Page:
Geri Allen cites coming from a strong spiritually-based family, participating
in the Madrigals at Cass under Marilyn Jones, Mary Lou's Music For
Peace, and her love for the voice as the main elements which helped
to pave the way for her sacred jazz suite.
"Music can change the ethers; I know this as I listen to Coltrane's
A Love Supreme. Whatever's going on, the music draws the Light.
I think that's what this music has always really been about: people
finding ways to express the Light even in the midst of darkness, finding
a way to it through the power of the Spirit."
Greg Thomas, Article "Geri Allen: Journey to the Light",
USA, August 27, 2009
Trio 3 first convened for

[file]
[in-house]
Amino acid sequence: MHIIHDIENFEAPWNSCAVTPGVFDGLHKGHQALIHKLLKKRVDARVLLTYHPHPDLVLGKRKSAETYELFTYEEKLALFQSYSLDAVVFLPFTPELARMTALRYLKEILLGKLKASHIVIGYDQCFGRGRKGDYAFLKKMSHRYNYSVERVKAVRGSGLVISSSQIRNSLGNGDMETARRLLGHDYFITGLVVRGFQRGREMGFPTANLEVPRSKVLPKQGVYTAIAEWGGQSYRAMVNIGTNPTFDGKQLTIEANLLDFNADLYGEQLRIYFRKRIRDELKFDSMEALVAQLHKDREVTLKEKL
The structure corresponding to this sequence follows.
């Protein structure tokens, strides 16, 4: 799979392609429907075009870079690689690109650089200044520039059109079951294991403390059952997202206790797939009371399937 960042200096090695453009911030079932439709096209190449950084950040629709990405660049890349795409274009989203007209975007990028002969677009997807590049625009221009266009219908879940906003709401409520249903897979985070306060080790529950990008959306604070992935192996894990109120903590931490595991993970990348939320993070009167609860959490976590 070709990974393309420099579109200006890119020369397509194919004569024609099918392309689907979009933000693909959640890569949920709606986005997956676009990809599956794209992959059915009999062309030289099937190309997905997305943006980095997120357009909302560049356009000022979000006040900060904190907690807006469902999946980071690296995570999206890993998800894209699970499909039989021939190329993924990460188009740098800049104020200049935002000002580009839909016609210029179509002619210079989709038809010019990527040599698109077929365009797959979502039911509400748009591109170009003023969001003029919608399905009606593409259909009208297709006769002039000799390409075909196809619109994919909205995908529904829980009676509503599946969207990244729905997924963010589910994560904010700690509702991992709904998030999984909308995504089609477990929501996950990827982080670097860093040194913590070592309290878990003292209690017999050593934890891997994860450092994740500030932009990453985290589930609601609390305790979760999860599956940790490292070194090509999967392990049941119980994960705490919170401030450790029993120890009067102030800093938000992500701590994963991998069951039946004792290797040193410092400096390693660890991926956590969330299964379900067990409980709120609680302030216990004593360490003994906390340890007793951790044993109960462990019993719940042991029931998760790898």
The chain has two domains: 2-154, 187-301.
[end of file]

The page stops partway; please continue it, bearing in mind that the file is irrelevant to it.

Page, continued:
Intakt in 2005 when Oliver Lake, Reggie Workman and Andrew Cyrille made
Time Being, an interesting and episodically excellent record
that in retrospect seems compromised by the need to make space for three
very powerful and very different musical personalities. The group was
featured again with guest Irène Schweizer on a 2007 concert recording
from Berne. And now the guest role is taken by Geri Allen, who has a
history with all three members, as well as a longer history as a younger
or distaff foil to senior players; the breakthrough trios with Paul
Motian and Charlie Haden spring to mind.
That one thinks of Allen in this notionally patronizing way is a measure
of how oddly inconsistent her recording career has been since she worked
with Cyrille on The Printmakers twenty five years ago. The
business, Blue Note attention notwithstanding, has never known quite
what to do with her enormous but quietly stated talent, and anyone who
really wants to take a full measure of her skills probably needs to